Efficiency has become the Holy Grail in today’s hypercompetitive legal environment. If a law firm can get their individual lawyers to practice more efficient work habits, clients will be happier, more business will be generated and increased profitability will surely follow.

However, it is in finding that elusive combination of motivation, innovation and skill that leads to greater efficiency that the search for this particular Grail becomes more complex.

If lawyers can become more efficient they are not only spending less time working on a matter, which immediately reduces write-offs and write-downs, they are also then able to use that saved time working on another matter or looking for more work, he explained. “But that’s the buy-in, persuading lawyers that there is a business case for this.”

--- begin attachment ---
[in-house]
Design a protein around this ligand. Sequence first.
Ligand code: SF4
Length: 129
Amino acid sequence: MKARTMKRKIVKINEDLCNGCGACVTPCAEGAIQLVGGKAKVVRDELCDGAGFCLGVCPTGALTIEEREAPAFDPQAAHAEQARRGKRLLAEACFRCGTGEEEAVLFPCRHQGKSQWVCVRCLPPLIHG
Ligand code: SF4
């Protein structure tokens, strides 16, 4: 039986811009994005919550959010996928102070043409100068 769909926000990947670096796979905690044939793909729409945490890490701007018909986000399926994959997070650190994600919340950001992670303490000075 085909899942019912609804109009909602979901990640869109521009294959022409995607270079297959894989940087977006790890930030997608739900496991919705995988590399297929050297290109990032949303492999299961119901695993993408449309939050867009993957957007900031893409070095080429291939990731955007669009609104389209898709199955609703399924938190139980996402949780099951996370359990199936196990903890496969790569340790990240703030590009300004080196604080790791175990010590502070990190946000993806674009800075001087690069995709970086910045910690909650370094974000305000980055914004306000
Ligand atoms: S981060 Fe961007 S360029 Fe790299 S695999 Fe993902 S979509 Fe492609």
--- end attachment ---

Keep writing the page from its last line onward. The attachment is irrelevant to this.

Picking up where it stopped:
It’s People & Process, Not Technology

Too many law firm leaders think technology is the primary solution, and that the latest gadget or software is going to fix this problem or make a firm more efficient, he noted. “But you can’t lead with technology, because it you do, then you’re trying to adapt the way people work to the new technology, and that’s backwards. Lawyers especially will resist. It’s in our nature.”

Read the full post at Thomson Reuters.